Engine Dyno Testing

Engine Dyno Testing

SuperFlow 902 Engine Dyno

All racing engines should be tested on an engine dyno. Dyno testing fosters proper engine break-in procedures and makes it easy to spot and correct potential problems ranging from valve train issues to simple oil leaks. Most top engine builders insist on dyno testing to certify their work. Even independent builders not equipped with their own dyno facilities will take their engines to a reputable shop to check and validate their work. The dyno is a valuable tool when used correctly. It’s important to remember that the engine dyno is a sophisticated data logger and very much a comparative device whose accuracy is only as relevant as the data used to program it. It requires accurate atmospheric and engine spec data input and consistency of operation. You can’t compare power numbers from one dyno to another because there are too many variables. Stick to one dyno source and make sure it is well maintained, regularly calibrated and competently operated. Make sure the operator follows your instructions and records the data you are seeking. Most dynos are capable of recording every possible bit of data about your engine if equipped with the proper sensors.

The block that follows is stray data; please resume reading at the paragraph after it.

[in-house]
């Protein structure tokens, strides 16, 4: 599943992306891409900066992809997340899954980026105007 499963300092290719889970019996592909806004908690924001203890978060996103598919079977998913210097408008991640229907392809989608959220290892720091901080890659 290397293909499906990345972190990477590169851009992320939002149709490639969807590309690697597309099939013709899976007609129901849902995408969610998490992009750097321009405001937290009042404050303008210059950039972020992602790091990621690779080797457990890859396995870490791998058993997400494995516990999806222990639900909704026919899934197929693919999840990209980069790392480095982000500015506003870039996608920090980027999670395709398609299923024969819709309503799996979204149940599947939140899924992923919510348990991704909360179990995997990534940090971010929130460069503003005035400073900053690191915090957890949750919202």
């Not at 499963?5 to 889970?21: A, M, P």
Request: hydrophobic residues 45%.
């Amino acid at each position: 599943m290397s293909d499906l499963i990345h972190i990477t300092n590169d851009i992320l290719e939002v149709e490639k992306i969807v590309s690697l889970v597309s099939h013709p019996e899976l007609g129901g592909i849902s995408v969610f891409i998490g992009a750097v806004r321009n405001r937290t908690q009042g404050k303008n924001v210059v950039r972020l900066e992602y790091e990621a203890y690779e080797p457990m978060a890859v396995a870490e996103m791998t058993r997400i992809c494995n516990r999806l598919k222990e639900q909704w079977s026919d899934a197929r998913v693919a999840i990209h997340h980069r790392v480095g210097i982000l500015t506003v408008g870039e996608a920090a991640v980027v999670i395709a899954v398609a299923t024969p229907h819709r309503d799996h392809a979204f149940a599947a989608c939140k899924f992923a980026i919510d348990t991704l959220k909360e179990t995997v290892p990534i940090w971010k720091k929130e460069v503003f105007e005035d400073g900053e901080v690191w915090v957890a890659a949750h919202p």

Dyno Load Sensor

Dyno Load Sensor